squamous, adenocarcinoma, small cell, large cell, alveolar cell carcinoma
Management of NSCLC?
mainly pallitative - surgical resection and radiotherapy w/wo adjuvant chemo
Management of SCLC
chemotherapy and radiotherapy
How can lung cancer be prevented?
quit smoking, reduce exposure to carcinogens
Management of lung cancer?
palliative, radiotherapy, SVC stent, endobronchial therapy, pleural drainage for symptomatic pleural effusions, analgesics, steroids, anti emetics, bronchodilators
Types of lung malignancy?
carcinoma of the bronchus, slow growing bronchial adenoma, benign hamartoma, malignant mesothelioma
Where in the UK smoke the most?
Yorkshire and Humber and North West
What does a PET scan do?
a functional non anatomical image that characterizes extent of mediastinal nodal involvement and highlights distant metastases - good for detecting asymptomatic metastases
Positive and negative of PET scans?
high negative predicted value but low positive predicated value
What causes false negatives in a PET scan?
BAC, carcinoid small lesions
What causes false positives in a PET scan?
inflammation and infection
What chemical is used in a PET scan?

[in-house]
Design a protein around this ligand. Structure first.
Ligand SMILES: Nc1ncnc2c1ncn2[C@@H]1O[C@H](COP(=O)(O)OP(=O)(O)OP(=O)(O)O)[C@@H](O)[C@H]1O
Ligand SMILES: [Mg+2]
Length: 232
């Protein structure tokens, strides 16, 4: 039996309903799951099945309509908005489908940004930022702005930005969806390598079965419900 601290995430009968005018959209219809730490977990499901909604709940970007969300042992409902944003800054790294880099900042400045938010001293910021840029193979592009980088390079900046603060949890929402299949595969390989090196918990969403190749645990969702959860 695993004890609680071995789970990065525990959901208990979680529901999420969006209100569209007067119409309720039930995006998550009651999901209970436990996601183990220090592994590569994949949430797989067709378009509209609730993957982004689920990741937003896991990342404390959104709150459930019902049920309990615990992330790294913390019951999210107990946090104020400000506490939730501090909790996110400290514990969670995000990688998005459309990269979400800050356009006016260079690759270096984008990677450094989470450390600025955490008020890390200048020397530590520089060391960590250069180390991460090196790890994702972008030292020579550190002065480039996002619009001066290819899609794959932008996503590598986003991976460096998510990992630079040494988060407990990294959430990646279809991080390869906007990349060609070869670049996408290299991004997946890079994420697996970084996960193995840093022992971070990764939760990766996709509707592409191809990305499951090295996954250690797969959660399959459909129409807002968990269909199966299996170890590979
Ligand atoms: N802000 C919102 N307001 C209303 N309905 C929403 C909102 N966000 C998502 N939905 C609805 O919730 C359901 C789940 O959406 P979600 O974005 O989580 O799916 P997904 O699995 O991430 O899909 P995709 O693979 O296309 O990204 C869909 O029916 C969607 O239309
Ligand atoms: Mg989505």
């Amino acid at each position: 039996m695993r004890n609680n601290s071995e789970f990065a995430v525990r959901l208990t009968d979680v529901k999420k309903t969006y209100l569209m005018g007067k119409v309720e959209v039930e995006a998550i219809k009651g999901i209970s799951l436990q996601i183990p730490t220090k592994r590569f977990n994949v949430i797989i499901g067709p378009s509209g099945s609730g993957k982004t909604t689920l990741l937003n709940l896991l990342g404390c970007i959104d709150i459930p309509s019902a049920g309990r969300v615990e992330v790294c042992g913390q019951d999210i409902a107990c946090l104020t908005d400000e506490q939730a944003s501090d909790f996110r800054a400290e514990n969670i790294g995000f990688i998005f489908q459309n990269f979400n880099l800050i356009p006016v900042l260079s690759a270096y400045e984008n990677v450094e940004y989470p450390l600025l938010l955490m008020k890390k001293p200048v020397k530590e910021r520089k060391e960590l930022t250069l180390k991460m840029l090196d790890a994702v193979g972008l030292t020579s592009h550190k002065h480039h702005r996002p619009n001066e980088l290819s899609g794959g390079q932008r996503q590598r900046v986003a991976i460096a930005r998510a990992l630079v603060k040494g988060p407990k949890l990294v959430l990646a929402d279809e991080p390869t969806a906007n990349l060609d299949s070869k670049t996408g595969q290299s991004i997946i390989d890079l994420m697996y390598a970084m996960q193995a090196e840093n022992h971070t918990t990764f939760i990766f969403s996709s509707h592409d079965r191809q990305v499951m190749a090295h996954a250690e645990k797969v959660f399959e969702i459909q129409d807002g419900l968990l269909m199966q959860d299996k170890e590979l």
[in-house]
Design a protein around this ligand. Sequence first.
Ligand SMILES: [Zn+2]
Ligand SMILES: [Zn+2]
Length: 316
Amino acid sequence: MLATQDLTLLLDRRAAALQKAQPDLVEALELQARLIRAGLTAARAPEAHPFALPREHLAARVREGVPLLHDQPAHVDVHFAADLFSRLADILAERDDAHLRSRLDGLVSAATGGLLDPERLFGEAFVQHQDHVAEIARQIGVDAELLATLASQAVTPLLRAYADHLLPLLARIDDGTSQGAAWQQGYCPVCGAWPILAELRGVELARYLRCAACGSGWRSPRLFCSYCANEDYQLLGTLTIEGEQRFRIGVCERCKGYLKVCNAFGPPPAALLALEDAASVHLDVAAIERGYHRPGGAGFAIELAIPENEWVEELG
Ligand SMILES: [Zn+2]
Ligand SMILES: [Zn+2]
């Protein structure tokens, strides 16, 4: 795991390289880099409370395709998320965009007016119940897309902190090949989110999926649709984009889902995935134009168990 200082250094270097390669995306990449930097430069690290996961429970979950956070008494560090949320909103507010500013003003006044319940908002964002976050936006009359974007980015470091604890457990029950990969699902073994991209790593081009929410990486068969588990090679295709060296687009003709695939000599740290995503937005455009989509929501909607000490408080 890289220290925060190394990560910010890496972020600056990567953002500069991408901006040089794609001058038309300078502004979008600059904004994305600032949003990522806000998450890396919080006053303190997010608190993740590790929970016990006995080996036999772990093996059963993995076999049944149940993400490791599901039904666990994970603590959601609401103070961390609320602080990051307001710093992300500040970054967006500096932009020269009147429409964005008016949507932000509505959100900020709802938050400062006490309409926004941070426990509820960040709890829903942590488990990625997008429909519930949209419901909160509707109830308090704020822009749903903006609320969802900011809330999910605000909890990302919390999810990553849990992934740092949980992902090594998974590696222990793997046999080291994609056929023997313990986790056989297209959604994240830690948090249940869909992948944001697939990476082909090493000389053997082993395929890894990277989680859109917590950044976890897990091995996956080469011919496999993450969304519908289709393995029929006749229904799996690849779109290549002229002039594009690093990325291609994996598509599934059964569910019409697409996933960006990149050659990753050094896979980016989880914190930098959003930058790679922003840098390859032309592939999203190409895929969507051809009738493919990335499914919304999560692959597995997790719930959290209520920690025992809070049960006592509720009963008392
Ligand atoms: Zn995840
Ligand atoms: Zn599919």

fluro 2 deoxyglucose (FDG) is taken up by rapidly dividing cells, with a half life of 110mins
Is NSCLC or SCLC more common?
What is the 10yr survival for NSCLC?
Symptoms of lung cancer metastatic disease?
bone pain, headache, siezures, neurological deficit, hepatic pain, abdominal pain
At what stage is NSCLC mainly diagnosed?
What investigations help identify lung cancer type?
CXR, Ct scan, bronchoscopy, percutaenous needle biopsy, US guided aspirate, surgical biopsy
What investigations help stage a lung cancer?
bloods, CT thorax and abdo, PET scan, CT head, medistinoscopy, pleural aspiration
What investigations are used to determine how fit a lung cancer patient is?
ECG, lung function, exercise test with ECHO, exercise capacity, perfromance status, risk of pre op morbidity
What are the stages of a performance status for lung cancer?
0-normal activity without restriction
1-restricted in strenuous work but can do light work
2-self caring but no work
3-limited self care, in bed/chair >50% of day
4-no self care, bed/chair bound
What is the function of surgery and chemo in cancer?
surgery controls primary tumour
chemo eradicated micro metastases
How to 60-70% of SCLC present?
as a perihilar mass (5% as a peripheral coin lesion)
What is a pleural fibroma?
soft tissue neoplasm of pleura, mainly benign, can grow and compress lung tissue
What does a pleural fibroma occasionally secrete and what does this cause?
insulin related factors that can produce hypoglycaemic symptoms
What makes up a pleural neoplasma?
a pleural fibroma and malignant mesothelioma
What is a BALTOMA?
a bronchus associated tissue lymphoma
What are hamartomas?